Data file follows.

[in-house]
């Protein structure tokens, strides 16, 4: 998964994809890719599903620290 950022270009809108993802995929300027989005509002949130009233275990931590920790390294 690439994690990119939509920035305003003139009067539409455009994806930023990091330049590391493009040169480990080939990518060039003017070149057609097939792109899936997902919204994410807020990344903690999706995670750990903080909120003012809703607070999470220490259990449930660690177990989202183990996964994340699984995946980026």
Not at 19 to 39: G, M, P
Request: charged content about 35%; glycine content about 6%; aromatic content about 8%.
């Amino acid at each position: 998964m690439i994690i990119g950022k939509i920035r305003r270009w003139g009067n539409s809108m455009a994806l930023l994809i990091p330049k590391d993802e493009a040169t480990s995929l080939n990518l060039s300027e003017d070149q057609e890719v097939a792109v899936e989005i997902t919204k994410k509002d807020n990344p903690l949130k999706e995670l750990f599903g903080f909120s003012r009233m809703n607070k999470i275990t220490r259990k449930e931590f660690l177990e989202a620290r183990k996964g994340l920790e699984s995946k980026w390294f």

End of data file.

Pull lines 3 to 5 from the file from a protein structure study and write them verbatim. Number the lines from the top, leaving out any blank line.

Not at 19 to 39: G, M, P
Request: charged content about 35%; glycine content about 6%; aromatic content about 8%.
């Amino acid at each position: 998964m690439i994690i990119g950022k939509i920035r305003r270009w003139g009067n539409s809108m455009a994806l930023l994809i990091p330049k590391d993802e493009a040169t480990s995929l080939n990518l060039s300027e003017d070149q057609e890719v097939a792109v899936e989005i997902t919204k994410k509002d807020n990344p903690l949130k999706e995670l750990f599903g903080f909120s003012r009233m809703n607070k999470i275990t220490r259990k449930e931590f660690l177990e989202a620290r183990k996964g994340l920790e699984s995946k980026w390294f």